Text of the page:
Style Watch: Rosy Revolver jewelry line has feminine Western aesthetic

Rosy Revolver jewelry line has a feminine Western aesthetic.
Rosy Revolver jewelry line has a feminine Western aesthetic. Rosy Revolver

As a kid, Jessica Papke slept in a wonderland of handmade decorations. Paper spirals, snowflakes and cut-outs from calendars, all festooned with sequins, glitter and other embellishments, filled her childhood bedroom.

So it’s no surprise that Papke’s flair for sparkling design eventually translated to a career as a jewelry maker. The Raleigh-based designer has traded paper snowflakes and glitter for semi-precious stones and metals to create her Rosy Revolver jewelry line.

Her career as a jewelry designer started early.

“I discovered beading as a hobby while still in high school,” she says. “By the time college came, stringing and wire-wrapping weren’t enough anymore. I wanted to play with hammers and a torch.”

She got that chance as a student in N.C. State’s College of Design.

“It was an amazing education that has helped me to better ideate and be intentional with my designs, as well as think on my feet when things don’t work out the way I expect they will,” she says. “In the realm of metal, I’m mostly self-taught beyond a few beginner classes. For me, it was about learning the basics, then experimenting. I have to play ... or the work is no good. It lacks soul.”

After college, she created her Rosy Revolver line, which features pieces with a feminine Western aesthetic made with colorful stones and metal. Papke draws inspiration for the line from her travels.

“As I’ve gotten older, I’ve refined my taste for embellishment and prefer the textural feel from cultures that focus heavily on adornment of either the body or physical spaces,” she explains. “Mexican art, Indian henna, Moroccan architecture, Turkish lamps ... these all inspire me. I’ve traveled frequently to the Southwest while teaching jewelry workshops and love the colorful aesthetic and symbolism there.”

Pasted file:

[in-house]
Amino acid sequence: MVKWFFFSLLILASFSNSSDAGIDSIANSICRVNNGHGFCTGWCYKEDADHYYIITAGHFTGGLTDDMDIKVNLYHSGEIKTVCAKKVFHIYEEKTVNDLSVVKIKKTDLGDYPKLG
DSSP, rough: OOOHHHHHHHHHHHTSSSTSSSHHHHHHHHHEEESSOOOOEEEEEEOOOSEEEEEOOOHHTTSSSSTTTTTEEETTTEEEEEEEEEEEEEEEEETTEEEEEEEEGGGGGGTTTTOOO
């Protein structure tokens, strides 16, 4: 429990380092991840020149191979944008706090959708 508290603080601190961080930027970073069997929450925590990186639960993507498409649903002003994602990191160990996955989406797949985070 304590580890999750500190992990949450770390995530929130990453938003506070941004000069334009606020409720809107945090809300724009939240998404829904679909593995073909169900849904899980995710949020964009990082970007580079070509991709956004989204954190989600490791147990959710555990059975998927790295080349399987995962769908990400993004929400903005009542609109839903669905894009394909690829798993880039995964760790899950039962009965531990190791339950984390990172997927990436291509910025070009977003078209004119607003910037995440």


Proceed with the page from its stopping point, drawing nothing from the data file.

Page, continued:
She also draws from her own life when designing pieces.

“I also try to put some personal meaning in my pieces,” she says. “Some part of my life, some experience, ends up in each design. I’m hugely sentimental; I can’t create that work while leaving that part of me aside.”

Papke uses colorful and asymmetrically shaped stones in her pieces, including turquoise, sugilite, dendritic opal and druzy agate.

“I’m kind of a stone snob,” she says. “I used to go for color alone, but now I look more for interest and representation. Is there a druzy pocket? Are there dendrites in that opal? There must be personality and uniquity there. I’m always amazed by the diversity of the material that comes from the earth.”

For now, Papke’s jewelry is available on her website, While she’d love to expand to a larger audience via a retailer such as Anthropologie, she admits she prefers keeping the operation small to allow for creative freedom.

“I love the one-of-a-kind and over-the-top designs that can’t be mass-produced, and I can’t imagine I’d ever leave that arena of my business,” she says. “It’s been an incredible journey thus far; I’m blessed to be traveling this path, and my arms are wide open, wherever it may lead me.”

Sip and Shop

Peachy Keen boutique will give post-holiday shoppers a little something to fuel their after-Christmas sale jaunts during the Sip, Shop and Sale event Friday and Saturday. The store will serve food and drinks during the two-day event, which includes a buy one-get one half-off sale. Peachy Keen is at 250 Grande Heights Drive, Cary; 919-678-0092.

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